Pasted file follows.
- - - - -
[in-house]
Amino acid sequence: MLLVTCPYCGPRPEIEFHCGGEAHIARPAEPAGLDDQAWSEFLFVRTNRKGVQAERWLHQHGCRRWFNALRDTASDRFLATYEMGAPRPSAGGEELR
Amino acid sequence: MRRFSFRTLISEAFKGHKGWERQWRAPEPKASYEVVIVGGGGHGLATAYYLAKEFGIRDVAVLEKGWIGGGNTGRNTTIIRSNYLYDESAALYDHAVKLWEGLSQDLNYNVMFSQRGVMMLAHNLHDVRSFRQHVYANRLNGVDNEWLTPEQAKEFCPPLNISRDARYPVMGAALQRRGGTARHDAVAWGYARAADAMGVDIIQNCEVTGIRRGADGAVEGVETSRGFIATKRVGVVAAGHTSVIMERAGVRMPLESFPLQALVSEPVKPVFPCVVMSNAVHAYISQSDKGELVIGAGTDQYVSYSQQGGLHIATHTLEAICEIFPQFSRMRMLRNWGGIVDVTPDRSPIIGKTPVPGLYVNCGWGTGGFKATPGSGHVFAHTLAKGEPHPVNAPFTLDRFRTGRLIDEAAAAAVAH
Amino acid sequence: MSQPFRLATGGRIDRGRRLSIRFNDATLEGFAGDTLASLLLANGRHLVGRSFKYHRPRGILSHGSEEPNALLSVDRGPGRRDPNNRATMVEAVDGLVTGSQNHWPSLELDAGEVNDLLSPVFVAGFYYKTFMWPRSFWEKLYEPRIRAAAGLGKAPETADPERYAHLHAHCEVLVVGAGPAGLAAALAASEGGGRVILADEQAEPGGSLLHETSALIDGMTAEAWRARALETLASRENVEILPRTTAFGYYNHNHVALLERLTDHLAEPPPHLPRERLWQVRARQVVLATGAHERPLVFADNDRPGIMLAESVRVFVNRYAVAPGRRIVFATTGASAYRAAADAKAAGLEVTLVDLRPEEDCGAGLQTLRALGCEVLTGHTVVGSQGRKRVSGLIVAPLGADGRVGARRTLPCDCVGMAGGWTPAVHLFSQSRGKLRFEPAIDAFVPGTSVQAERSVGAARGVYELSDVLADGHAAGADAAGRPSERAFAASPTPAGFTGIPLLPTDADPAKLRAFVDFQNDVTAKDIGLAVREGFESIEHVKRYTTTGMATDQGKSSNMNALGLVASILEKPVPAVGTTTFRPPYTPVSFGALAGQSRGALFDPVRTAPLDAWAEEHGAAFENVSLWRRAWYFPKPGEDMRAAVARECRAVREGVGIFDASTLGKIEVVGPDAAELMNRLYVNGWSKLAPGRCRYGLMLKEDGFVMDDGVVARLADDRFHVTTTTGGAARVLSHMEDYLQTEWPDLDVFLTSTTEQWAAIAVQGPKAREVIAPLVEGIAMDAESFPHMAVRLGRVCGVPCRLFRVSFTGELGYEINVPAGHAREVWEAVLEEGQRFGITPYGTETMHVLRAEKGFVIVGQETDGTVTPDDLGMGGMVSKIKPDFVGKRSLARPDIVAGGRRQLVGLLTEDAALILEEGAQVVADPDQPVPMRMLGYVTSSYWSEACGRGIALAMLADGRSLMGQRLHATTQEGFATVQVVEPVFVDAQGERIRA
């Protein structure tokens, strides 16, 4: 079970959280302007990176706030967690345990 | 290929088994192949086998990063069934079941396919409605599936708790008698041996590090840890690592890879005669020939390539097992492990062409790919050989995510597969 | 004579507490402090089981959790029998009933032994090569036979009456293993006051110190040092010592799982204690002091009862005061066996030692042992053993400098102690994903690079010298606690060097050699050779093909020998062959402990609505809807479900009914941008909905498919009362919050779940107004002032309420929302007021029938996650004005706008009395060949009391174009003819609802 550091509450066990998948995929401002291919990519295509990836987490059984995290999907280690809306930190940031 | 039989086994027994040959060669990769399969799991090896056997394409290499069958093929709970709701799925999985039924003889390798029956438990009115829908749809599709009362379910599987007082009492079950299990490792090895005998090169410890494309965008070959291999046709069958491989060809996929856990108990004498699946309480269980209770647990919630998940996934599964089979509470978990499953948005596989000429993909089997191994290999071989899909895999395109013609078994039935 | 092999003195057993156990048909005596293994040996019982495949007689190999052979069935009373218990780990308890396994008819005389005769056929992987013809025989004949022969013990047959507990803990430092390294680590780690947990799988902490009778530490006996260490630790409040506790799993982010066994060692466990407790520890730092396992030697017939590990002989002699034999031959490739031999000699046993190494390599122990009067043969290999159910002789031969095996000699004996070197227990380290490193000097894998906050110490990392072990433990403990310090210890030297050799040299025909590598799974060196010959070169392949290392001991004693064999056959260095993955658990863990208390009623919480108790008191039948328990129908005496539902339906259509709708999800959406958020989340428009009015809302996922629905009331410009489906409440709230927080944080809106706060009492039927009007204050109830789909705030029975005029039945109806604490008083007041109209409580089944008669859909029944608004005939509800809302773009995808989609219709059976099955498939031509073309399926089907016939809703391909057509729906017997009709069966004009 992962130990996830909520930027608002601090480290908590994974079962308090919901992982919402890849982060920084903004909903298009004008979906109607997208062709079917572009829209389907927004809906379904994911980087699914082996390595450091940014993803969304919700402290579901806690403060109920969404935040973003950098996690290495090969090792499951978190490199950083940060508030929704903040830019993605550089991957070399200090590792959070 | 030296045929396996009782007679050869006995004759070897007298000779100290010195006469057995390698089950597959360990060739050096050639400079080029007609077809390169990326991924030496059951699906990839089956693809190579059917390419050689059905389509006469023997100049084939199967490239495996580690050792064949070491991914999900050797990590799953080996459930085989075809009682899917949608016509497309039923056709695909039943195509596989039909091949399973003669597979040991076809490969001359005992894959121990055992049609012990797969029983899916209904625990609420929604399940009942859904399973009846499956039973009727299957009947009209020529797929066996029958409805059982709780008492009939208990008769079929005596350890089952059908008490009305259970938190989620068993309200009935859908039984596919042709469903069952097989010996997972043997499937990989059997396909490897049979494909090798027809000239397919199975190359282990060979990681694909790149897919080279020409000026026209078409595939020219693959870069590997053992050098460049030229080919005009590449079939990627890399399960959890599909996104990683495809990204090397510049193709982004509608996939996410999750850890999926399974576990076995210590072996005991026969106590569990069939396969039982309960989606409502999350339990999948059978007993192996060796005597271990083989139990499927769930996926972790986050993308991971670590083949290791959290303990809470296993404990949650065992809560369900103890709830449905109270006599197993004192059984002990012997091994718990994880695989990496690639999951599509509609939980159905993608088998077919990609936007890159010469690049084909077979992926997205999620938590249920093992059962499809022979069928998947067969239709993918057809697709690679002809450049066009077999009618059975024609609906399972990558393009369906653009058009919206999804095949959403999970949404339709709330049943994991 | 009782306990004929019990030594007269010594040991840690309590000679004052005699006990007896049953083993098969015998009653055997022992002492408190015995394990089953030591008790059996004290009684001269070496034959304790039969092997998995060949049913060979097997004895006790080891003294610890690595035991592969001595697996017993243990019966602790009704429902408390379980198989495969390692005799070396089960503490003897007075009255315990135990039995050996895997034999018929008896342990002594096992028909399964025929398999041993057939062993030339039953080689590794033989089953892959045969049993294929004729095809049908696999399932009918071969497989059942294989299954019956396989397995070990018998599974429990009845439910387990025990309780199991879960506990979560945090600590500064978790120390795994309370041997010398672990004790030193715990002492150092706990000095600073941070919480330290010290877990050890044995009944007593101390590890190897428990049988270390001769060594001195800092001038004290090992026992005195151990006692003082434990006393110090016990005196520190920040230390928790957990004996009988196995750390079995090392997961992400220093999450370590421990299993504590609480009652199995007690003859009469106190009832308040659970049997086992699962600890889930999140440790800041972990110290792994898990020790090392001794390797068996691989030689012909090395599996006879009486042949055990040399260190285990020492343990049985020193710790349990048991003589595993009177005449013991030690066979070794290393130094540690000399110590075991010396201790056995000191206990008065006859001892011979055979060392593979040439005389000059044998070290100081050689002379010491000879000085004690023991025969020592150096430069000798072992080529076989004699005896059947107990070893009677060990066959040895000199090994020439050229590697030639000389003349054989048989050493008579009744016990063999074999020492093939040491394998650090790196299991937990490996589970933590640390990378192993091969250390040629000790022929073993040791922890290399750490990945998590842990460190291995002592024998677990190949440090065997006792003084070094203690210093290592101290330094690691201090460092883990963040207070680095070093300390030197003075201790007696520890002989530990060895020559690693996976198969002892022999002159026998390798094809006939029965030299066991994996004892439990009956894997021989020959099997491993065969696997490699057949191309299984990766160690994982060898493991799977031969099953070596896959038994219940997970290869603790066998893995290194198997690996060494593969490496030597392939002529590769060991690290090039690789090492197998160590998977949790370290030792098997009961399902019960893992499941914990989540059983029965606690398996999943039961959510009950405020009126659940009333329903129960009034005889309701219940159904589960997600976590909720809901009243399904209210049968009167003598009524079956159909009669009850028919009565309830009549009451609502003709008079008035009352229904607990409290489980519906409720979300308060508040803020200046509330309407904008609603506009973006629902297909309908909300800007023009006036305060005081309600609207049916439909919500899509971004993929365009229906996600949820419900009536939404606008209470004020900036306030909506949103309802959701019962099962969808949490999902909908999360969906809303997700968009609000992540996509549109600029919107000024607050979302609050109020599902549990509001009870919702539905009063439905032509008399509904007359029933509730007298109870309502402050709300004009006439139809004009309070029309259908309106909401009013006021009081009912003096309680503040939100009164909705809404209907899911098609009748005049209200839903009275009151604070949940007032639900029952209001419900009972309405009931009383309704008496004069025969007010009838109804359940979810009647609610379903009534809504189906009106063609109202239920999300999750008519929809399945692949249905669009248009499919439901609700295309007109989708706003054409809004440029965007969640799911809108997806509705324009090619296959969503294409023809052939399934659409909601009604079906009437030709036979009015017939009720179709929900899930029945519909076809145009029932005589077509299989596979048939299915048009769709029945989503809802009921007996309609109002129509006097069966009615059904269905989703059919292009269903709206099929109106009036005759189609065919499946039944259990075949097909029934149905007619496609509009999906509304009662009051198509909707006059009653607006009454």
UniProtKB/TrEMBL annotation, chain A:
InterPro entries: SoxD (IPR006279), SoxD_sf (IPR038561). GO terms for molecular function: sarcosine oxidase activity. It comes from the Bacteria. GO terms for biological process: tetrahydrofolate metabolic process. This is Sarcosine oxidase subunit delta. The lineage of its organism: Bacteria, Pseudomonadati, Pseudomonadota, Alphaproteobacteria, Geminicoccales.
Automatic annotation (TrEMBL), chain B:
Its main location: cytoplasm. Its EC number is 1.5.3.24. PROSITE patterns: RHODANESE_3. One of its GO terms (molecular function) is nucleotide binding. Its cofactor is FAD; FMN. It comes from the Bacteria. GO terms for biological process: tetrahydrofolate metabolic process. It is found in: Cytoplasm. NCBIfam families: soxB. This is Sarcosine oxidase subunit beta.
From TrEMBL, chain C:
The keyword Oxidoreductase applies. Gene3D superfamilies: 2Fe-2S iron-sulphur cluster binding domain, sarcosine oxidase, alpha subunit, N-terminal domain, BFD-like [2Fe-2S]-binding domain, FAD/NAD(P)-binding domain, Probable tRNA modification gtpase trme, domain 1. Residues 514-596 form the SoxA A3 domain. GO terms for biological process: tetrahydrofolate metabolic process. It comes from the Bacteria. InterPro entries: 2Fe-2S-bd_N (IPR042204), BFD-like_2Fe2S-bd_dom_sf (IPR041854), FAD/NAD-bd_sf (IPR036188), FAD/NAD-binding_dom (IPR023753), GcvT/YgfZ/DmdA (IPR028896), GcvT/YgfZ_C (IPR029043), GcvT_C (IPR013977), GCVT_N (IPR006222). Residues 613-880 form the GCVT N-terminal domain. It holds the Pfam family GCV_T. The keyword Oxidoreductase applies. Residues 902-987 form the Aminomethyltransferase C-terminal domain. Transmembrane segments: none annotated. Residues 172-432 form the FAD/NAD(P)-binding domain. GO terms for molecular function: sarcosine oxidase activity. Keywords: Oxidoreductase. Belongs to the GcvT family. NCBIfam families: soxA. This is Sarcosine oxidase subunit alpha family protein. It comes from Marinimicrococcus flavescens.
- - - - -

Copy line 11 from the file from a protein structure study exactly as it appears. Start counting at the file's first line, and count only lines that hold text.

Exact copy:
The keyword Oxidoreductase applies. Gene3D superfamilies: 2Fe-2S iron-sulphur cluster binding domain, sarcosine oxidase, alpha subunit, N-terminal domain, BFD-like [2Fe-2S]-binding domain, FAD/NAD(P)-binding domain, Probable tRNA modification gtpase trme, domain 1. Residues 514-596 form the SoxA A3 domain. GO terms for biological process: tetrahydrofolate metabolic process. It comes from the Bacteria. InterPro entries: 2Fe-2S-bd_N (IPR042204), BFD-like_2Fe2S-bd_dom_sf (IPR041854), FAD/NAD-bd_sf (IPR036188), FAD/NAD-binding_dom (IPR023753), GcvT/YgfZ/DmdA (IPR028896), GcvT/YgfZ_C (IPR029043), GcvT_C (IPR013977), GCVT_N (IPR006222). Residues 613-880 form the GCVT N-terminal domain. It holds the Pfam family GCV_T. The keyword Oxidoreductase applies. Residues 902-987 form the Aminomethyltransferase C-terminal domain. Transmembrane segments: none annotated. Residues 172-432 form the FAD/NAD(P)-binding domain. GO terms for molecular function: sarcosine oxidase activity. Keywords: Oxidoreductase. Belongs to the GcvT family. NCBIfam families: soxA. This is Sarcosine oxidase subunit alpha family protein. It comes from Marinimicrococcus flavescens.